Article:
Meetings: Documents

Salinity Changes in the World Ocean Since 1950 in Relation to Changing Surface Freshwater Fluxes
[26-Feb-2014] Skliris, N., Marsh, R., Josey, S.A., Liu, C.L., and Allen, R.P.
Presented at the 2014 Ocean Sciences Meeting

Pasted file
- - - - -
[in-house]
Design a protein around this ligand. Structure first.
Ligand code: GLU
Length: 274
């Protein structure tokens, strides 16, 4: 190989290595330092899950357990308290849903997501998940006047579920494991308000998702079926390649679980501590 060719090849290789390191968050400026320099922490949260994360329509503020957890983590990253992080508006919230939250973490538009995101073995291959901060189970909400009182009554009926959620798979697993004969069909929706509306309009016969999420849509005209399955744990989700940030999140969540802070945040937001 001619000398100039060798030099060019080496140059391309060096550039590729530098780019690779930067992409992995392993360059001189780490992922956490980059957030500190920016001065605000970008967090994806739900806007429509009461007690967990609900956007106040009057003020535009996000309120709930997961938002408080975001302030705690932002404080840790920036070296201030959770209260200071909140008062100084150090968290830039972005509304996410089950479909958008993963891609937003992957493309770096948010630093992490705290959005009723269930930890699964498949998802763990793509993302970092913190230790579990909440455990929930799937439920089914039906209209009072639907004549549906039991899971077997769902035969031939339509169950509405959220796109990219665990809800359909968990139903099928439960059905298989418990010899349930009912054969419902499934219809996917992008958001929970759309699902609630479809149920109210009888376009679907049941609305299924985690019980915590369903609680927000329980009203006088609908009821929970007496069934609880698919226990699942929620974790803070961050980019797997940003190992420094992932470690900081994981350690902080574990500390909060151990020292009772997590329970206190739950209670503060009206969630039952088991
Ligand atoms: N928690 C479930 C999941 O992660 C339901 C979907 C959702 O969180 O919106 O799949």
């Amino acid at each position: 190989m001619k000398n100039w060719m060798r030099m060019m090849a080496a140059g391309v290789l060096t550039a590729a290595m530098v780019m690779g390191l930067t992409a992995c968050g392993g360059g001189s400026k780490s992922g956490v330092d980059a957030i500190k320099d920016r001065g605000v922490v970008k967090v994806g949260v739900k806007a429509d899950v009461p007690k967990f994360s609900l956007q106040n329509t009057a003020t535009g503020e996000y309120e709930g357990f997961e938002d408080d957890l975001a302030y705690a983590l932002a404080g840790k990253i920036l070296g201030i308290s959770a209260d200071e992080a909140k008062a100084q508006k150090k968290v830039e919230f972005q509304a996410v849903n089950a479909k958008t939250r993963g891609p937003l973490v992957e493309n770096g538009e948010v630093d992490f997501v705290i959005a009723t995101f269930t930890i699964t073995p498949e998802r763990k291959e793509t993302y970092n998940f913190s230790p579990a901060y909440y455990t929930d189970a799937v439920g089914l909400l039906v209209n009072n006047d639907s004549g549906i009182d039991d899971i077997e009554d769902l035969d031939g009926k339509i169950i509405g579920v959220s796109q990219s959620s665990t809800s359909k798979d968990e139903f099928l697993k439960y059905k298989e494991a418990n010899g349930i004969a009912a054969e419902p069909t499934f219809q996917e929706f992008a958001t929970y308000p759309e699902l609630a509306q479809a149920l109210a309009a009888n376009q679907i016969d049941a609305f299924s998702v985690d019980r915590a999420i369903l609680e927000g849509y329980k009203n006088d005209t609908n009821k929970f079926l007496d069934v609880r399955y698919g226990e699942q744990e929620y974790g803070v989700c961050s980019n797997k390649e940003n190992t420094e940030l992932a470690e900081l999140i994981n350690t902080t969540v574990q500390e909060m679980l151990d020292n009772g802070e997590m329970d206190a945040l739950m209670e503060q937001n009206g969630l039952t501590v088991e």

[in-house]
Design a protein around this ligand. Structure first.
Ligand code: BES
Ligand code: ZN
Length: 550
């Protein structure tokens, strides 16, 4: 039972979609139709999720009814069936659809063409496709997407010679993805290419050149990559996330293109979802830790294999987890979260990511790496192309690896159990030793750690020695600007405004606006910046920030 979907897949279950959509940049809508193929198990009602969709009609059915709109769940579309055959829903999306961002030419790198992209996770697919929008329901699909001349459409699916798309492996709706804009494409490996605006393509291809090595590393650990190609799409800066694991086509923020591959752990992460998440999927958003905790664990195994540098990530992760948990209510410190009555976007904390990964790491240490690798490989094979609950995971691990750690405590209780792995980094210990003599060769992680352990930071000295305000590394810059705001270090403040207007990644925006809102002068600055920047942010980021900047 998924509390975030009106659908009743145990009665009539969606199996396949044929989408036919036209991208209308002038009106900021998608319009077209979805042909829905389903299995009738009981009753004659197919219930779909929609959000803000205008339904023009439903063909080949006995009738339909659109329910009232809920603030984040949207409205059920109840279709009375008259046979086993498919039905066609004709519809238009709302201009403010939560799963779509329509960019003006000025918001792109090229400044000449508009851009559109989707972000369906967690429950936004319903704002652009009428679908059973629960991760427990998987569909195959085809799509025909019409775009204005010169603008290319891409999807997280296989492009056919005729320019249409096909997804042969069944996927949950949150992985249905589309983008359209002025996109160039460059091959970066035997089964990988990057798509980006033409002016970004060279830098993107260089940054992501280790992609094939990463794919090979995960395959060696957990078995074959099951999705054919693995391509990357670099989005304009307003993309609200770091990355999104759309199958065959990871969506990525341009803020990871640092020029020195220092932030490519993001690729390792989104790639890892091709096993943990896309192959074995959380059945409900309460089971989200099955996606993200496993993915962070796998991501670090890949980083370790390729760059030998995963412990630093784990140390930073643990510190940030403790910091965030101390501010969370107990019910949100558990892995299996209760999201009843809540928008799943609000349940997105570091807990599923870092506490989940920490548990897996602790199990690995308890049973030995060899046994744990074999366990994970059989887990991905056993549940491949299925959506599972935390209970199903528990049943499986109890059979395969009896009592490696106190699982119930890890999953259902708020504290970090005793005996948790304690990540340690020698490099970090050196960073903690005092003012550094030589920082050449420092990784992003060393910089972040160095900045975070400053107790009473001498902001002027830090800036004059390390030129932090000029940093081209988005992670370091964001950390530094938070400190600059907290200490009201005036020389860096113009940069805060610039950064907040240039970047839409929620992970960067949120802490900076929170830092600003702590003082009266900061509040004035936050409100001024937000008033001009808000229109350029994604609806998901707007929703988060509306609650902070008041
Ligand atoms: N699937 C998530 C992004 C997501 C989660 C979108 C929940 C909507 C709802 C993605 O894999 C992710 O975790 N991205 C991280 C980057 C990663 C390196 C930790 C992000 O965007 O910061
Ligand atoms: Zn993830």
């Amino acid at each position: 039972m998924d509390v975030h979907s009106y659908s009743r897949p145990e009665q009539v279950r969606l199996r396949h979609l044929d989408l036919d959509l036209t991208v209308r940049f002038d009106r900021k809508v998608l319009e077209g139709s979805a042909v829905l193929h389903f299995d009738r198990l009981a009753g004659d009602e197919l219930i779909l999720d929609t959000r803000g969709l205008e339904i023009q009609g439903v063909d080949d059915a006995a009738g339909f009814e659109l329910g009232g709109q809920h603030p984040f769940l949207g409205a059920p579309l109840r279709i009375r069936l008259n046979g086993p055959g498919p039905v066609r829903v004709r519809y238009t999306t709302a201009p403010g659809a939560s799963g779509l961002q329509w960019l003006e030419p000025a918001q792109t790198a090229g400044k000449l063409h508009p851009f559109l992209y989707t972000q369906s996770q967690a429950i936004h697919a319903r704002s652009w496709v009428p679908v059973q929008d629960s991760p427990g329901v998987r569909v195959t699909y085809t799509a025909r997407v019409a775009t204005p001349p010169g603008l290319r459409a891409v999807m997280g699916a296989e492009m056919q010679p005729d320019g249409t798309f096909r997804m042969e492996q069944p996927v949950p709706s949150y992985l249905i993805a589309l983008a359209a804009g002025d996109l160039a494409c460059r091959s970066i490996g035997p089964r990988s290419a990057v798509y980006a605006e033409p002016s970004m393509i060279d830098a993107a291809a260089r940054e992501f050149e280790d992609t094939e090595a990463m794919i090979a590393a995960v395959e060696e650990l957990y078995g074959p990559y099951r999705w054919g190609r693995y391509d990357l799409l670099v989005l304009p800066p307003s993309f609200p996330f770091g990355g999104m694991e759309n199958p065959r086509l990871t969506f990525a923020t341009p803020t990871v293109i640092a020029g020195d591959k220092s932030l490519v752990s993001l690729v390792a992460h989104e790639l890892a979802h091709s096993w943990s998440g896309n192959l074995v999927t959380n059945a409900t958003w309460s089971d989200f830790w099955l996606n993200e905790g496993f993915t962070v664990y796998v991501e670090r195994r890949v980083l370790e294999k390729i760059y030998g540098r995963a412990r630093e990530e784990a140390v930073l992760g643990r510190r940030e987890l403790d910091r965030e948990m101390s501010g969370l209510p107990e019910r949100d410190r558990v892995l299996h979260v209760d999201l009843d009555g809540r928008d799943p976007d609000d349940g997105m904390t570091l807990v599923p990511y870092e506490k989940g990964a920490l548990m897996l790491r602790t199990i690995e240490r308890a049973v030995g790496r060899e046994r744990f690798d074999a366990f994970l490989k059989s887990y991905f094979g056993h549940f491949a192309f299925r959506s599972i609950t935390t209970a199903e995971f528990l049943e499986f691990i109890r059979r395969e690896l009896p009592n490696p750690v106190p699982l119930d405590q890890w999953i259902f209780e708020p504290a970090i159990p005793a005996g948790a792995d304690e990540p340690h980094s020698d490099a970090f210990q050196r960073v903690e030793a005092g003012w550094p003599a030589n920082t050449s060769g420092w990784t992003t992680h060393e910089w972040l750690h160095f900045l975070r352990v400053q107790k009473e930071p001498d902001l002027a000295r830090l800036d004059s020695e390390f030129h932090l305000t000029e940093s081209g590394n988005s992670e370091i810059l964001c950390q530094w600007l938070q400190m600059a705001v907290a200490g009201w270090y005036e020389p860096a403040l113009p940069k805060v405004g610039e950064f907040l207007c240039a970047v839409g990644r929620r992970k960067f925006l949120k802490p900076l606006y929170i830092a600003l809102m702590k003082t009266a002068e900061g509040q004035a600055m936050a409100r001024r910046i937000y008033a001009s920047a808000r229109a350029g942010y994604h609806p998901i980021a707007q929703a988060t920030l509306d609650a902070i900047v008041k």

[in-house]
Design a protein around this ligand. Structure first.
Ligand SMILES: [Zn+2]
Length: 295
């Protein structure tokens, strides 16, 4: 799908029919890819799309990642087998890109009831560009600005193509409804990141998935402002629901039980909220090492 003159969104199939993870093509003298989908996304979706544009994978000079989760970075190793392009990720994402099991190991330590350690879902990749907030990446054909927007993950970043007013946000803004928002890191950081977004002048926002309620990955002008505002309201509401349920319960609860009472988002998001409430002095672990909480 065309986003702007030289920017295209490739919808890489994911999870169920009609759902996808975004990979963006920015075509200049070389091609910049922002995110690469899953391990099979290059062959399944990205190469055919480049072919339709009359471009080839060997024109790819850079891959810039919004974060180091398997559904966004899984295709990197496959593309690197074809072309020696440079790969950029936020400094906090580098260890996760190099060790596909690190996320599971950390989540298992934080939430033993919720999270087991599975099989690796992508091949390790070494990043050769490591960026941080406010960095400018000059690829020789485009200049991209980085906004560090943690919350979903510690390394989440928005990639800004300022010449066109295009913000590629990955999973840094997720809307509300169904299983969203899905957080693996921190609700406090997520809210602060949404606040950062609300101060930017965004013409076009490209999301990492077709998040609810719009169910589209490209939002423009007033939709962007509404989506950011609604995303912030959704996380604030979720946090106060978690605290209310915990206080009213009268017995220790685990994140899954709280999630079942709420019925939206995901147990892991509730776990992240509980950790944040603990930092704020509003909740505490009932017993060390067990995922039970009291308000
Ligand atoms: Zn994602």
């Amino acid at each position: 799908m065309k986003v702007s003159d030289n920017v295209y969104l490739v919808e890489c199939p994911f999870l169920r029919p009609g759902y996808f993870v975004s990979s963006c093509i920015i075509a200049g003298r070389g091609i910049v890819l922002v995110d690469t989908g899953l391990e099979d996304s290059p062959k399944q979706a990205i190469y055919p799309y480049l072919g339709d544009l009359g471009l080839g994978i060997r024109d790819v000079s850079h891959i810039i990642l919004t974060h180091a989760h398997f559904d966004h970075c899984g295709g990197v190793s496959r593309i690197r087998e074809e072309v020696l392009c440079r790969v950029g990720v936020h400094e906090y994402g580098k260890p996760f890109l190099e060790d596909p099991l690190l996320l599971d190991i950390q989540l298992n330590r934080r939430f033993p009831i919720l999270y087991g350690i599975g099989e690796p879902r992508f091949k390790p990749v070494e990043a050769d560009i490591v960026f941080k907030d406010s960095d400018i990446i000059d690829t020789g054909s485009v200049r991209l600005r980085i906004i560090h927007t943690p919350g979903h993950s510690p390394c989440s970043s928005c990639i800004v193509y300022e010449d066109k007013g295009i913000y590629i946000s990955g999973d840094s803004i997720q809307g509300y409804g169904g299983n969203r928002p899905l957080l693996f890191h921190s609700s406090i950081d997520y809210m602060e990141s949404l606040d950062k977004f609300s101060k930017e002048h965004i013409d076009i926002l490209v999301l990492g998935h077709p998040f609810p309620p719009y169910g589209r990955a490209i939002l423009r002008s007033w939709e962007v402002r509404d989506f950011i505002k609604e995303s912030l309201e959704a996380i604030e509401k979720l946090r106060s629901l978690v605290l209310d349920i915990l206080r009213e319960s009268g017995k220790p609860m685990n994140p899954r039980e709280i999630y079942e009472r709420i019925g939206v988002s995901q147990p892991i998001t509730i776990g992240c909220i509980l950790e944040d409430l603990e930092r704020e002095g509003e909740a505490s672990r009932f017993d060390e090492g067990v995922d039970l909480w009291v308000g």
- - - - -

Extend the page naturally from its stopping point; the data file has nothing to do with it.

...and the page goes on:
Global hydrographic and air-sea freshwater flux datasets are used to investigate ocean salinity changes over 1950-2010 in relation to surface freshwater flux. Surface salinity increases (decreases) in evaporation (precipitation) dominated regions, the Atlantic-Pacific salinity contrast increases, and the upper thermocline salinity maximum increases while the salinity minimum of intermediate waters decreases. Potential trends in E-P are examined for 1950-2010 (using two reanalyses) and 1979-2010 (using six reanalyses/blended products). Large differences in the 1950-2010 E-P trend patterns are evident in a number of regions, particularly the North Atlantic. For 1979-2010, some coherency in the spatial patterns of change is obtained between the six products, notably a robust pattern of increased E-P in the subtropics of the southern hemisphere. The water cycle amplification over specific regions is subsequently inferred from the observed 3-D salinity change field using a salt conservation equation in time-varying isopycnal volumes. Inferred changes of E-P over 1950-2010 amount to an increase of 1±0.6% in net evaporation across the subtropics and an increase of 4.2±2% in net precipitation across subpolar latitudes, while amplification rates are approximately doubled over 1979-2010.